From IAG Research
Until now, our studies of engagement have focused on viewer response to entertainment programming. Turning to sports programming viewership, our daily measures reveal varying degrees of engagement within that genre, just as we found among entertainment shows.
Of course, sports appear across a number of networks, but for this issue we chose to examine engagement on ESPN, which telecasts a notably broad range of sports programs. Data are based on hundreds of thousands of surveys taken by viewers of ESPN programs over the past year and a half.
Very broadly speaking, older viewers are somewhat more engaged with program content than younger viewers. But as one might expect, there is variation by genre and by program. In analyzing ESPN, our goal was to find out which sport genres exhibited the strongest engagement across two age cohorts and upper-income viewers.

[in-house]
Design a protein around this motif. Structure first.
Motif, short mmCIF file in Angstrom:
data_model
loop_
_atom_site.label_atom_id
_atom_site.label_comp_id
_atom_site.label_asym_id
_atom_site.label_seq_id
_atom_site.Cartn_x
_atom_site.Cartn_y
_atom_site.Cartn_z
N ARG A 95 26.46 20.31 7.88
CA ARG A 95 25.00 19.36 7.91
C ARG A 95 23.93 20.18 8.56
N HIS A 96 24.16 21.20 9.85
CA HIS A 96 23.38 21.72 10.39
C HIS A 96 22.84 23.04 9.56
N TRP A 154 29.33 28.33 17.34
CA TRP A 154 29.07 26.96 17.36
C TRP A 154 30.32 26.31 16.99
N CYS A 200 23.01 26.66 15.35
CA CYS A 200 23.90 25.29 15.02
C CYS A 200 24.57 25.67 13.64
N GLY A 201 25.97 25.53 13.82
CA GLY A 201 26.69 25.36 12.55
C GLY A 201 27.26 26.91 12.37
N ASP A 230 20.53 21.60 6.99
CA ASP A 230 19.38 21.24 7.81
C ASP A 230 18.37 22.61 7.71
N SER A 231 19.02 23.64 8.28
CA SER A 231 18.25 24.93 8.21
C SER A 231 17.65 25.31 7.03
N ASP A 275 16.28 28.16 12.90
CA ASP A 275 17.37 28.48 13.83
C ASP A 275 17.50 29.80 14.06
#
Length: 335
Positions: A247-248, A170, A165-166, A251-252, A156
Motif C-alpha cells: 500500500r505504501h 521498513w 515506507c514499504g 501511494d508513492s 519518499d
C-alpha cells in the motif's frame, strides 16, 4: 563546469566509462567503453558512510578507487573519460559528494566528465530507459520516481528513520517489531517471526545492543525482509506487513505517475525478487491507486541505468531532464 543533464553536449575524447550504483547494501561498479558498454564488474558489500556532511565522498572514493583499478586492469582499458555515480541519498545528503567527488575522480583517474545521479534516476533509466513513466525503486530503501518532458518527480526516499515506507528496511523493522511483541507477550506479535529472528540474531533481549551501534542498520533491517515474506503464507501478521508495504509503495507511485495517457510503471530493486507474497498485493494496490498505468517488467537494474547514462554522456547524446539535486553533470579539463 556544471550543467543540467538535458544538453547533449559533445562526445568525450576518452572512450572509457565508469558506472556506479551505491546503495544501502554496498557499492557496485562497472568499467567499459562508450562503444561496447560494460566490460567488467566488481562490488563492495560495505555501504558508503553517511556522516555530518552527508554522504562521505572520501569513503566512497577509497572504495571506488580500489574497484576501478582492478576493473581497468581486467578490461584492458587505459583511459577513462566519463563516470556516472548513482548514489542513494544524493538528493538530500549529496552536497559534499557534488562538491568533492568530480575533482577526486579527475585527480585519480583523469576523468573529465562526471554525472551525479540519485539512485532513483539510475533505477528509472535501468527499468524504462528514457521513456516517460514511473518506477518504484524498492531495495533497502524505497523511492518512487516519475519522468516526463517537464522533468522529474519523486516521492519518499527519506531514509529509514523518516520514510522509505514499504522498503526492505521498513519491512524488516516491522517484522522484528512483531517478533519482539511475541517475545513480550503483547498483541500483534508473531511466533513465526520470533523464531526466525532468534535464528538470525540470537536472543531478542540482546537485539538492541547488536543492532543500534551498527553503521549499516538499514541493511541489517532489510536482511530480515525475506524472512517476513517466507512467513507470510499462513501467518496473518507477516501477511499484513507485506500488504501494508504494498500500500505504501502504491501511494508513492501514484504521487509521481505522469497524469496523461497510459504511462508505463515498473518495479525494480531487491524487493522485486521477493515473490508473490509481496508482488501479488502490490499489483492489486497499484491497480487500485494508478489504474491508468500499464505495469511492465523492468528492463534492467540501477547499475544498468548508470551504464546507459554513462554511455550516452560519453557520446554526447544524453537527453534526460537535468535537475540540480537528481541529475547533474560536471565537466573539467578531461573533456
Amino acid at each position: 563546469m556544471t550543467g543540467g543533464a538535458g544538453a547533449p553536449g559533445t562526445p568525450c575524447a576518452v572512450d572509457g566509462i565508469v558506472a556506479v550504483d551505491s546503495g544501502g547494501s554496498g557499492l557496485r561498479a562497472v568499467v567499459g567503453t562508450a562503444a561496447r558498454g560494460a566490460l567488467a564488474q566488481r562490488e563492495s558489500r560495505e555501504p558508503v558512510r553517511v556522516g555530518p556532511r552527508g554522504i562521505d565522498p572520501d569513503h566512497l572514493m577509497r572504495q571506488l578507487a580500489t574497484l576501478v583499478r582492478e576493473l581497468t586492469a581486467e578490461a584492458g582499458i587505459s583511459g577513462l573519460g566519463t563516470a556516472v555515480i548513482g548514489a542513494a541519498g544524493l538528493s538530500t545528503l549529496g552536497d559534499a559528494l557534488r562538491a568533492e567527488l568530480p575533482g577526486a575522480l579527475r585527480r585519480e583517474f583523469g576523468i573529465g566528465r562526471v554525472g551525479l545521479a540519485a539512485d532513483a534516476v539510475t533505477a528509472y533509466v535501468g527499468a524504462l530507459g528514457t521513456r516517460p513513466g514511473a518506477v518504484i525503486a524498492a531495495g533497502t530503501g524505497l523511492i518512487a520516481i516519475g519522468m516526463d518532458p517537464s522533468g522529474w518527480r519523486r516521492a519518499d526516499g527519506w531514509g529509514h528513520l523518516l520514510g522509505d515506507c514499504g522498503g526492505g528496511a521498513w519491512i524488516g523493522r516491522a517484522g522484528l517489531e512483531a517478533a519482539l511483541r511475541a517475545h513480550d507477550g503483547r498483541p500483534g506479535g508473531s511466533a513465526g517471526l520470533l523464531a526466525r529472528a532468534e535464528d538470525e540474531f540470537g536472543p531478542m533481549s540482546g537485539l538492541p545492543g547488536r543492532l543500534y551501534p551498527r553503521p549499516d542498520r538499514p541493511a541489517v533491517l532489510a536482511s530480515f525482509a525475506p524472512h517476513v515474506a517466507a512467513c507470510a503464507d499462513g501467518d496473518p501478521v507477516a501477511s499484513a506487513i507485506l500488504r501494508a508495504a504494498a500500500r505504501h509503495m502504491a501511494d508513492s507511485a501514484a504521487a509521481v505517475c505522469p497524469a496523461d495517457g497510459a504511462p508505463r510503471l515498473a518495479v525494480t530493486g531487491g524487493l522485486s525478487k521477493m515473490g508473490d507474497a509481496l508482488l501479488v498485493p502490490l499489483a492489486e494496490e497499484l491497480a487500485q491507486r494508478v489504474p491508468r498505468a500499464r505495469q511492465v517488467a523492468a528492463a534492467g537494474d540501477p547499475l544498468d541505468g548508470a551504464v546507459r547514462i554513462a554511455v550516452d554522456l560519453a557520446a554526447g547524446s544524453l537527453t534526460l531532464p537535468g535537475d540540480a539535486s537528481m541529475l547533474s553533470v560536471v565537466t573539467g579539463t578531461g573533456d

The period for this analysis included programming appearing on ESPN between 6 p.m to midnight Monday through Sunday, between Jan. 1, 2005, and Sept. 17, 2006. Sports types, such as NFL football or Major League Baseball games, were aggregated together, while sports shows like “Baseball Tonight” were counted as separate programs but included as well. We also limited the analysis to ongoing programs, rather than one-time or very short-run events.
The rankings do not reveal which shows or genres achieved the highest absolute engagement, rather, sports programming that had a spike among certain groups of viewers. For example, affluent viewers of NCAA baseball were notably more engaged than other viewers. In fact, several college sports showed higher engagement for upscale viewers (compared to all other viewers): NCAA baseball, NCAA football, and women’s NCAA basketball.
Among younger viewers, the highest-indexing shows included the “Battle of the Gridiron Stars” and ESPN’s news and information show “NFL Primetime,” along with NBA basketball. Little League baseball and ESPN’s “NBA Shootaround” scored higher engagement among viewers ages 35-plus.